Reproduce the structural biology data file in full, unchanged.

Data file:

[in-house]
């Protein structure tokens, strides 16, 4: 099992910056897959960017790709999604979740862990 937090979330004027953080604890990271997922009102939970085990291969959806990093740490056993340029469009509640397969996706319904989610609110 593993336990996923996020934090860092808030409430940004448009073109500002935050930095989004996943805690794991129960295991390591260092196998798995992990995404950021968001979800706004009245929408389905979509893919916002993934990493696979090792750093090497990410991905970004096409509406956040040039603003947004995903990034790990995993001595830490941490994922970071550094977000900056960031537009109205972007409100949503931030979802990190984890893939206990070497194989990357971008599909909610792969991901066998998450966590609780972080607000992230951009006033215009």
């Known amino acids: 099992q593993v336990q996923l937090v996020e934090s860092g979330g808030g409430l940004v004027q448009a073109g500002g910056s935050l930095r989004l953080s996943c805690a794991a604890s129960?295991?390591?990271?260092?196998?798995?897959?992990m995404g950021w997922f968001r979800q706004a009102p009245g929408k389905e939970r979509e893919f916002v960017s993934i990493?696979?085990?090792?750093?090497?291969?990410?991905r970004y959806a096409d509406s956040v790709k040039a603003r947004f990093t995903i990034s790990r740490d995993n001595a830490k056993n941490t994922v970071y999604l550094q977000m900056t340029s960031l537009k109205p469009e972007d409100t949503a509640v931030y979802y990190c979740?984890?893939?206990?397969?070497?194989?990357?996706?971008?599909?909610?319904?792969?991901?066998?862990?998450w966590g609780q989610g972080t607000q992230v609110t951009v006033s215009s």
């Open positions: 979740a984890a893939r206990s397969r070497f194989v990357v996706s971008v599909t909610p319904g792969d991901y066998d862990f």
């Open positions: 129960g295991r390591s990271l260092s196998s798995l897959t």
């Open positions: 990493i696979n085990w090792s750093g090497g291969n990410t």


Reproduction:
[in-house]
């Protein structure tokens, strides 16, 4: 099992910056897959960017790709999604979740862990 937090979330004027953080604890990271997922009102939970085990291969959806990093740490056993340029469009509640397969996706319904989610609110 593993336990996923996020934090860092808030409430940004448009073109500002935050930095989004996943805690794991129960295991390591260092196998798995992990995404950021968001979800706004009245929408389905979509893919916002993934990493696979090792750093090497990410991905970004096409509406956040040039603003947004995903990034790990995993001595830490941490994922970071550094977000900056960031537009109205972007409100949503931030979802990190984890893939206990070497194989990357971008599909909610792969991901066998998450966590609780972080607000992230951009006033215009």
């Known amino acids: 099992q593993v336990q996923l937090v996020e934090s860092g979330g808030g409430l940004v004027q448009a073109g500002g910056s935050l930095r989004l953080s996943c805690a794991a604890s129960?295991?390591?990271?260092?196998?798995?897959?992990m995404g950021w997922f968001r979800q706004a009102p009245g929408k389905e939970r979509e893919f916002v960017s993934i990493?696979?085990?090792?750093?090497?291969?990410?991905r970004y959806a096409d509406s956040v790709k040039a603003r947004f990093t995903i990034s790990r740490d995993n001595a830490k056993n941490t994922v970071y999604l550094q977000m900056t340029s960031l537009k109205p469009e972007d409100t949503a509640v931030y979802y990190c979740?984890?893939?206990?397969?070497?194989?990357?996706?971008?599909?909610?319904?792969?991901?066998?862990?998450w966590g609780q989610g972080t607000q992230v609110t951009v006033s215009s």
């Open positions: 979740a984890a893939r206990s397969r070497f194989v990357v996706s971008v599909t909610p319904g792969d991901y066998d862990f």
């Open positions: 129960g295991r390591s990271l260092s196998s798995l897959t």
């Open positions: 990493i696979n085990w090792s750093g090497g291969n990410t």